YELLOWKNIFE / Nov. 20, 2019 / CNW— The Canadian Association of Journalists (CAJ) applauds the CBC’s decision to walk back its controversial plan to merge regional English-language morning radio newscasts in the Yukon, the Northwest Territories, and Nunavut.
As part of the plan laid out by the public broadcaster on Monday, local newscasts would have been merged into a single, pan-territorial broadcast in January 2020.
By Tuesday, all three territorial premiers, as well as many concerned listeners, had publicly urged the CBC to reconsider its decision. Some argued that the CBC was ignoring its commitments to upholding the Truth and Reconciliation Commission’s Calls to Action because it would reduce coverage in largely Indigenous territories.
“Reversing this plan to merge newscasts in the North is heartening,” says Karyn Pugliese, president of the CAJ. “It recognizes that our national public broadcaster has a special role to play in bridging the many cultural and regional differences that exist in Canada’s North.”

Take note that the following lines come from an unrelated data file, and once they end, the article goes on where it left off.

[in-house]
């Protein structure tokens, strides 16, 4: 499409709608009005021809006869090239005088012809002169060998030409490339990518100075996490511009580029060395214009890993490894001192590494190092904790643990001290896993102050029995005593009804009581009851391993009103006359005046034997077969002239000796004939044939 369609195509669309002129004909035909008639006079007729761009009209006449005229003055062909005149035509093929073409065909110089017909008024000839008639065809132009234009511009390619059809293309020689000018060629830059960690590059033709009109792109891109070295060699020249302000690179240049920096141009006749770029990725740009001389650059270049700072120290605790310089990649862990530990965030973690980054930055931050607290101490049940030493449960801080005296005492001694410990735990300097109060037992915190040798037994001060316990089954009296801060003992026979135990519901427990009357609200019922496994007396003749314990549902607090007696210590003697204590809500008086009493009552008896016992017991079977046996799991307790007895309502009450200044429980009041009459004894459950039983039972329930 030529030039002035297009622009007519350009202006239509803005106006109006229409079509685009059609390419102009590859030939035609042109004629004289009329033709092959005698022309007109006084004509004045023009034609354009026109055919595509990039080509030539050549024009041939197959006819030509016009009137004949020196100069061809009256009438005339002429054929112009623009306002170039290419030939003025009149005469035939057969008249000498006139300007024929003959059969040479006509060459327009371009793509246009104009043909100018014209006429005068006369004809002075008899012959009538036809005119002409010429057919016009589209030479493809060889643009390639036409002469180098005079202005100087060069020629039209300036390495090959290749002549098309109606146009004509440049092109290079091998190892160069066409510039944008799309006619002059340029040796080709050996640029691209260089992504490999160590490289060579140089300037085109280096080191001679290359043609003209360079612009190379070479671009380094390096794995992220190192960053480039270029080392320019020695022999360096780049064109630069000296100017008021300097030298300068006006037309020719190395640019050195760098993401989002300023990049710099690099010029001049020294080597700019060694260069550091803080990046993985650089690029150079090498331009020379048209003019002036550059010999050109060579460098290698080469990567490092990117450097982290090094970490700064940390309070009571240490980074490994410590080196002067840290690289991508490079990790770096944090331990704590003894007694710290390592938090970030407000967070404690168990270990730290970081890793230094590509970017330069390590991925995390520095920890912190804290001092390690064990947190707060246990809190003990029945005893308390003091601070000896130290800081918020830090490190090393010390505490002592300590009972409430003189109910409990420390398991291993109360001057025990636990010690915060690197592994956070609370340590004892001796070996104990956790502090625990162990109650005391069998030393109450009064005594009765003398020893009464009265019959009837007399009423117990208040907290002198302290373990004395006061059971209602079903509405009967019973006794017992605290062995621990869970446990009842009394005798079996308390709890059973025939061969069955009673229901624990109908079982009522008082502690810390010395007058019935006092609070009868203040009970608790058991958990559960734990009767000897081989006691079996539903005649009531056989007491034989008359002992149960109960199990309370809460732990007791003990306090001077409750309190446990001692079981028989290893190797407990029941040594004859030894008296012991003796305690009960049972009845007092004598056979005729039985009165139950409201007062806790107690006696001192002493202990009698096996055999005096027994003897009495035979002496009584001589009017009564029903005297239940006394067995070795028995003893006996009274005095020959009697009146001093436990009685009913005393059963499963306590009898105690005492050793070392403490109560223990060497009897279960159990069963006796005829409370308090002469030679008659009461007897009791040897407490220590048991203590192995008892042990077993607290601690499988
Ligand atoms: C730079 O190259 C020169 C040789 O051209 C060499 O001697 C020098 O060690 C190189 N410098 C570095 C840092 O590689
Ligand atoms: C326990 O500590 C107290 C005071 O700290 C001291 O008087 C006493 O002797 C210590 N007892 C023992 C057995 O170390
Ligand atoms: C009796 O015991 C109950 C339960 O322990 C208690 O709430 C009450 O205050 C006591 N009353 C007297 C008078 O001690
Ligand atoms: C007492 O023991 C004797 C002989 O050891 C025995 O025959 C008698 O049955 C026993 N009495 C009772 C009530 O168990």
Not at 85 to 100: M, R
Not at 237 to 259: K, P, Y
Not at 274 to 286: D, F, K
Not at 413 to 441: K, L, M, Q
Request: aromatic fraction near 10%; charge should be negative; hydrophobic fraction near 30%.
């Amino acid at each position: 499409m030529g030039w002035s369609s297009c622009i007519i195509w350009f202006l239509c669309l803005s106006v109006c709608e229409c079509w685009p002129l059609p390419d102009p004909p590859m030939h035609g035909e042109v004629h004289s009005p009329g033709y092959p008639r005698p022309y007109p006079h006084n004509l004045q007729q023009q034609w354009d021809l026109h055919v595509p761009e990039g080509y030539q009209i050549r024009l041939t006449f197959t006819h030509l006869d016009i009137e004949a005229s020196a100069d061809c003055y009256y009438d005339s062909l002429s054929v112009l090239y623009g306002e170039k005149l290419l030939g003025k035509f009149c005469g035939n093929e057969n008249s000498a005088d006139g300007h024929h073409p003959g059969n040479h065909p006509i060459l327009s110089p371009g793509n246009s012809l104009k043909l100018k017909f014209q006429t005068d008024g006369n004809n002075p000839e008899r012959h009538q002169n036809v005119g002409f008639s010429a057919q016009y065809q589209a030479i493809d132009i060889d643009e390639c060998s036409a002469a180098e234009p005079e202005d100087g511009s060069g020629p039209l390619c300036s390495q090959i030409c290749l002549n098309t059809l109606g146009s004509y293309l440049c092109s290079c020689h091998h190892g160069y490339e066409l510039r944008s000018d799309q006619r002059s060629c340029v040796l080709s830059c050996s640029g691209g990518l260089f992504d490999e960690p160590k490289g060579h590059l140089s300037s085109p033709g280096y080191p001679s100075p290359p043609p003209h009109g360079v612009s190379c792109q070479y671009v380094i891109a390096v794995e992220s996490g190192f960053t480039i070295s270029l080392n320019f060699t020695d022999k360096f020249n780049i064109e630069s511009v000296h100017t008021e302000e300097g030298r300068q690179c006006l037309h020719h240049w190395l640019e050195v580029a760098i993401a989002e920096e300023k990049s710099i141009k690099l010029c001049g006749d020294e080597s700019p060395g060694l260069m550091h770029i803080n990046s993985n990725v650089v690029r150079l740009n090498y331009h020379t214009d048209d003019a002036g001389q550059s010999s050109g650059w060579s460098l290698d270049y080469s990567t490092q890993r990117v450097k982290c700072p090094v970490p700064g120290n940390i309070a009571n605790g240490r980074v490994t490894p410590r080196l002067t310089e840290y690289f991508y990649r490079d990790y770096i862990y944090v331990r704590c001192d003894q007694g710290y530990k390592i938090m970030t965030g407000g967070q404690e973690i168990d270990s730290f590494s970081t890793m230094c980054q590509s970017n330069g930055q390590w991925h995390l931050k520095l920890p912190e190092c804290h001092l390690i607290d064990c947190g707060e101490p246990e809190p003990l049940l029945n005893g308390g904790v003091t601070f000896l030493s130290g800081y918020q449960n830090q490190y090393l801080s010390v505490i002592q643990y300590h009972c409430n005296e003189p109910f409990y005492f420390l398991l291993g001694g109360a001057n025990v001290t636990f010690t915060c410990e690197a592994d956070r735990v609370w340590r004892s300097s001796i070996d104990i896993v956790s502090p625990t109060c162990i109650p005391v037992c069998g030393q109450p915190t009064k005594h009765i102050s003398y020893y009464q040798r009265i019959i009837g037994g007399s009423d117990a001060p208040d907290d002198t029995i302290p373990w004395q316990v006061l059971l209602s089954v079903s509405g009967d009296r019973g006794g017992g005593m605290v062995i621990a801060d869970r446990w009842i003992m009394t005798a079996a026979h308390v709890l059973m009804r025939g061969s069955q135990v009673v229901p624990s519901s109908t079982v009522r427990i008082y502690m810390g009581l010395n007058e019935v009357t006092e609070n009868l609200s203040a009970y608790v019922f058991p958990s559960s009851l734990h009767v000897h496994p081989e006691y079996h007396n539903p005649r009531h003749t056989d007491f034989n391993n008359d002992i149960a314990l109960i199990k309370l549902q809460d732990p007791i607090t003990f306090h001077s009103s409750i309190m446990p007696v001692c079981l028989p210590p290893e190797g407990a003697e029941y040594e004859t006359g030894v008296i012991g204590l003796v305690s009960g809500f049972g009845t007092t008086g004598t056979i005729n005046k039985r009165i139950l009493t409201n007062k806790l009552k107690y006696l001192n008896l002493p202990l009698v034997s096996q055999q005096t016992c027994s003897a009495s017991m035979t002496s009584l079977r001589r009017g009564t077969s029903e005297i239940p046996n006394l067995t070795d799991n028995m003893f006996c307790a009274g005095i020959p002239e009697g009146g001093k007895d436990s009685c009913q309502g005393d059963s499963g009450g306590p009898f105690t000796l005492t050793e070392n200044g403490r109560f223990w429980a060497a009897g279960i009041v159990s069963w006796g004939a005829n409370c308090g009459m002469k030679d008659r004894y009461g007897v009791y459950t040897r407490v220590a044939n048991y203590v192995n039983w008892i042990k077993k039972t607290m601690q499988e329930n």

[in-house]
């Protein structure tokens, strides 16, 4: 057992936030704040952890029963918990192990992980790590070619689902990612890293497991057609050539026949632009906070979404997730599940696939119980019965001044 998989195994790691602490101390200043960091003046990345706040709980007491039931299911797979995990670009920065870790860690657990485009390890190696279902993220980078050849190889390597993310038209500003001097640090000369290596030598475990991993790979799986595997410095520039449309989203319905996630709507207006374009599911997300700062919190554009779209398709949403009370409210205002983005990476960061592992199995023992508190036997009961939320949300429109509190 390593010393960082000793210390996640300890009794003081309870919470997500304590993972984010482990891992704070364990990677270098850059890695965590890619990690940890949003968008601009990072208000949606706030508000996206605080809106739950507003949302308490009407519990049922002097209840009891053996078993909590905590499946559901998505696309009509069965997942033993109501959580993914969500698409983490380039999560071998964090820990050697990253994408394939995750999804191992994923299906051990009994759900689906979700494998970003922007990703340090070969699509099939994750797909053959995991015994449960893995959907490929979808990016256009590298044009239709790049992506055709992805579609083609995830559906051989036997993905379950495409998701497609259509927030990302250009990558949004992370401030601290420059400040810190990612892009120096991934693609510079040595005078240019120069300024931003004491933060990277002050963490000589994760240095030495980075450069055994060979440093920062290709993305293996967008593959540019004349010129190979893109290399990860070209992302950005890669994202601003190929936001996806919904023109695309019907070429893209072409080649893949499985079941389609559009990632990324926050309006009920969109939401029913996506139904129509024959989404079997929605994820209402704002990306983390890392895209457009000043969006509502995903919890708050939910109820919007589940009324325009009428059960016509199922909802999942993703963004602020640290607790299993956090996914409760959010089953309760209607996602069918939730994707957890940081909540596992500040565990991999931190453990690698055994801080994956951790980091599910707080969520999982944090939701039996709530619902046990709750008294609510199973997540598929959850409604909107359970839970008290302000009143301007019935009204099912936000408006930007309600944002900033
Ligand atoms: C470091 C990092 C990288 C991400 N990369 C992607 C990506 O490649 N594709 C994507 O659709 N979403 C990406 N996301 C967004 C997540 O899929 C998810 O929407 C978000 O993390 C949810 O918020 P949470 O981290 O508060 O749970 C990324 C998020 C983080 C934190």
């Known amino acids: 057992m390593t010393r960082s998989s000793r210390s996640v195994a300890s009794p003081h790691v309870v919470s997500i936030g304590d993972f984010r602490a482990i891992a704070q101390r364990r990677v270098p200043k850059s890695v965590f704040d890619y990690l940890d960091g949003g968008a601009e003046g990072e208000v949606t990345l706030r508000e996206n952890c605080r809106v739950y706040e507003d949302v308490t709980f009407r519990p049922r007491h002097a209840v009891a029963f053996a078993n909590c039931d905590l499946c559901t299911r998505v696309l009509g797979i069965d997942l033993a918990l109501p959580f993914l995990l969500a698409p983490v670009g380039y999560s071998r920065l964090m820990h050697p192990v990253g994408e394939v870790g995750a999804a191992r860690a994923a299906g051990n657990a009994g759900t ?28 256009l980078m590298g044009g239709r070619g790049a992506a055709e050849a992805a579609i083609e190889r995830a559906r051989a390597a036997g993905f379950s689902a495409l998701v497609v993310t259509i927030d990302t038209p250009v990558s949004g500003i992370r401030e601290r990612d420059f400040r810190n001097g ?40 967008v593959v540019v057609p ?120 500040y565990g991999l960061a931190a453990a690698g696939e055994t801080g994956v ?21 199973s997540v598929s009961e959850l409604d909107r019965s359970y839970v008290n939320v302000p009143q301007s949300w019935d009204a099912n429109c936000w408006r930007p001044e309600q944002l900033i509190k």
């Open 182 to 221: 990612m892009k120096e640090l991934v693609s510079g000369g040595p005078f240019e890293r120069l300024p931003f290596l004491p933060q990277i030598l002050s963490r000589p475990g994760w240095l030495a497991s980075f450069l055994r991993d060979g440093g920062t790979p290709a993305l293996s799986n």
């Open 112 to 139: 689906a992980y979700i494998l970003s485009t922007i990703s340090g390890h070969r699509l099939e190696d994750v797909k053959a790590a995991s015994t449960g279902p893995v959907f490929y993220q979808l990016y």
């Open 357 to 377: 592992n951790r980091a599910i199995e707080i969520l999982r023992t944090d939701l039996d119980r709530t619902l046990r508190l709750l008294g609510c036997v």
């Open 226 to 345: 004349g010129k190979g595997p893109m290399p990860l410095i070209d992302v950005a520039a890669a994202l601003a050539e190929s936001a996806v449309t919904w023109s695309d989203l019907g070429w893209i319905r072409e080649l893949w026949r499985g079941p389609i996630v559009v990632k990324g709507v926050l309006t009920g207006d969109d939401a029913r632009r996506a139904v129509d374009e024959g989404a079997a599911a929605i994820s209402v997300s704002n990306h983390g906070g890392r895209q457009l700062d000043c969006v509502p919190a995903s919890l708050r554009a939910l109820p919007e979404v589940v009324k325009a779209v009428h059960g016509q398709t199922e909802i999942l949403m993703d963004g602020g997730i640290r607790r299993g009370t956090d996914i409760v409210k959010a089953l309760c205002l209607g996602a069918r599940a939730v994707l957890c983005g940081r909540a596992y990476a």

“We hope the broadcaster continues to remember its commitments to accurately represent northern stories and Indigenous stories to northerners as well as the entirety of Canada,” said Pugliese.
In an email to staff announcing the reversal, CBC North managing director Janice Stein said: “Overall the response we received from staff and the community was not supportive of the change.”
The proposal to change northern morning newscasts comes in the wake of last week’s decision by CBC to cut 35 jobs in Toronto.
The Canadian Association of Journalists is a professional organization with more than 700 members across Canada. The CAJ’s primary roles are public-interest advocacy work and professional development for its members.
For more information contact:
Karyn Pugliese, CAJ president
Brent Jolly, CAJ vice-president
Jessica Davey-Quantick, Northern representative